In addition to the above proposals with regard to the above variation of the LPA, proposals in the ILP Bill would see a statutory transfer of assets and liabilities on the admission or replacement of a general partner be introduced. This would result in all rights or property of the Investment Limited Partnership vesting in the incoming partner or existing general partners, or indeed all rights or property of the ILP vesting in the remaining partners on the withdrawal of a partner.
2.5 Beneficial Ownership Requirements
Earlier this year EU regulations were introduced to ensure a register of Beneficial Ownership was created and maintained by corporate entities in an effort to strengthen anti-money laundering practices. When introduced these regulations were applicable to ICAVs and Unit Trust Funds, and the passing of this Bill would render ILPs and Common Contractual Funds (“CCFs”) equally subject to these requirements. Under these rules the general partner of the ILP would be required to create and actively maintain a register of beneficial ownership of the ILP which is submitted to the CBI. Penalties in line with the Companies Act 2014 are set out in the Bill for non-compliance with these requirements, as well as the procedures for rectifying any errors. No amendment to this section has been proposed by the Committee of Seanad Éireann.
2.6 Sanctions which are Penal in Nature
The courts in Ireland and other common law jurisdictions have previously determined that provisions in an agreement which impose additional obligations on a party in the event of a breach or a default may be unenforceable if they are subsequently adjudicated to be penal in nature. Provisions have been proposed in the ILP Bill which would expressly state that any sanctions imposed on LPs due to failure to perform their obligations or breach of the partnership agreement would still be enforceable, even if found to be penal in nature.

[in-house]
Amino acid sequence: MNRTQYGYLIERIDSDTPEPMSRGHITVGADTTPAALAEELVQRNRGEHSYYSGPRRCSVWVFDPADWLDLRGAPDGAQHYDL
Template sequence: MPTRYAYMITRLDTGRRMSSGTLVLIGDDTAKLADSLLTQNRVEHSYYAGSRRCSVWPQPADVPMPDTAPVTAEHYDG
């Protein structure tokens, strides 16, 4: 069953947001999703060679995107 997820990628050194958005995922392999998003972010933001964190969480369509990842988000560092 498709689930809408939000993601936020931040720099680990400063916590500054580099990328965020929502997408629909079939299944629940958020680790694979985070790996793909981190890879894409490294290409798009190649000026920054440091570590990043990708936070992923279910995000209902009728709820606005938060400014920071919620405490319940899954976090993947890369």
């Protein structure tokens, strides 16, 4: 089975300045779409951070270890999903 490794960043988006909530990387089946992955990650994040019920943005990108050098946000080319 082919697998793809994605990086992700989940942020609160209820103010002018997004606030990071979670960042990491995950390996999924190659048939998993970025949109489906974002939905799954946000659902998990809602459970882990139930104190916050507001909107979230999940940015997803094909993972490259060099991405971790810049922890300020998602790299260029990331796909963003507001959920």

3. Amendments Proposed by the Committee of Seanad Éireann
3.1 “Umbrella Funds”
The ILP Bill introduces the use of “umbrella” or sub-funds in ILPs, providing for the possibility of managing separate portfolios of assets under an ILP umbrella. When structured as an umbrella the assets within each sub-fund belong exclusively to the partners holding an interest in the sub-fund, and cannot be used to discharge the liabilities of another sub-fund as each sub-fund will hold segregated liability from other sub-funds under the umbrella. This provision is opposed in its entirety by members of the Committee.
3.2 Reporting Requirements
The ILP Bill introduces a number of new definitions to the 1994 Act, a majority of which are designed to ensure more recent legislation is referenced. However The Committee would introduce an additional reporting requirement from the Minister for Finance, whereby a report must be issued within 12 months of passing the ILP Bill showing the impact and use of its provisions. More specifically this report would be aimed at showing whether the provisions are compatible with the OECD Base Erosion and Profit Shifting guidelines, and their impact on the Revenue Commissioners.
3.3 References to “Majority of Limited Partners”